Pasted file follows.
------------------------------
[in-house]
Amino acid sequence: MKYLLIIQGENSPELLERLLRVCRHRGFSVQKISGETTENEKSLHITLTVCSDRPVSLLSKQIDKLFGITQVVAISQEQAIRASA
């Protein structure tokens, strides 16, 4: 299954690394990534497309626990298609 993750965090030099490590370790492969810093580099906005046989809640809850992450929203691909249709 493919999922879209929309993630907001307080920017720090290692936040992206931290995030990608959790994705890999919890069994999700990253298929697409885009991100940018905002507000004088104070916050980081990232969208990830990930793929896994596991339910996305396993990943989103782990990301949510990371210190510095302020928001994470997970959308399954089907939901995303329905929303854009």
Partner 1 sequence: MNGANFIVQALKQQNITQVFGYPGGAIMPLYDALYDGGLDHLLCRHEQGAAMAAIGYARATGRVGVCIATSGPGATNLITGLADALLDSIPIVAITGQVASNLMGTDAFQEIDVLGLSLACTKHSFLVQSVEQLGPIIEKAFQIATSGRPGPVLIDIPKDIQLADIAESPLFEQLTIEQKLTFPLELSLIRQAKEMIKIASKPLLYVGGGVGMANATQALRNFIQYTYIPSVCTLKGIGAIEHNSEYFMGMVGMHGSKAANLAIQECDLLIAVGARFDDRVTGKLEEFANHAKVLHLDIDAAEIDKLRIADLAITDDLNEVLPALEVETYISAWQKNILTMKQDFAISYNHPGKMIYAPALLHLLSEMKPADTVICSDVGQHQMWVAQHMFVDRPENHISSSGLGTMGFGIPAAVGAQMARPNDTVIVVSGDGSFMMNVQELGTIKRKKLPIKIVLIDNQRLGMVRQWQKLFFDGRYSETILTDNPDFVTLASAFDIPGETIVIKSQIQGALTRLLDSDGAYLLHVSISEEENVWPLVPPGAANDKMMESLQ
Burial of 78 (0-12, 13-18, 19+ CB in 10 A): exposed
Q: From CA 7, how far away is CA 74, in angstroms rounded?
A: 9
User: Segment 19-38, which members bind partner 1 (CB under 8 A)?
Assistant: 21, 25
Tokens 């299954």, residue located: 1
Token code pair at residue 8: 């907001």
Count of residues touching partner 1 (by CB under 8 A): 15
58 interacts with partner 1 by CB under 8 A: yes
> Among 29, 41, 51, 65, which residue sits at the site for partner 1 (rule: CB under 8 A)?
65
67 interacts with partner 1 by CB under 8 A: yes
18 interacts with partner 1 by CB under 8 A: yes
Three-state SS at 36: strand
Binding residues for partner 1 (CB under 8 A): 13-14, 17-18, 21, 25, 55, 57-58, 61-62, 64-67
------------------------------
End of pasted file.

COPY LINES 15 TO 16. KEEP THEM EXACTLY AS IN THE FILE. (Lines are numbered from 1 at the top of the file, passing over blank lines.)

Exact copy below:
65
67 interacts with partner 1 by CB under 8 A: yes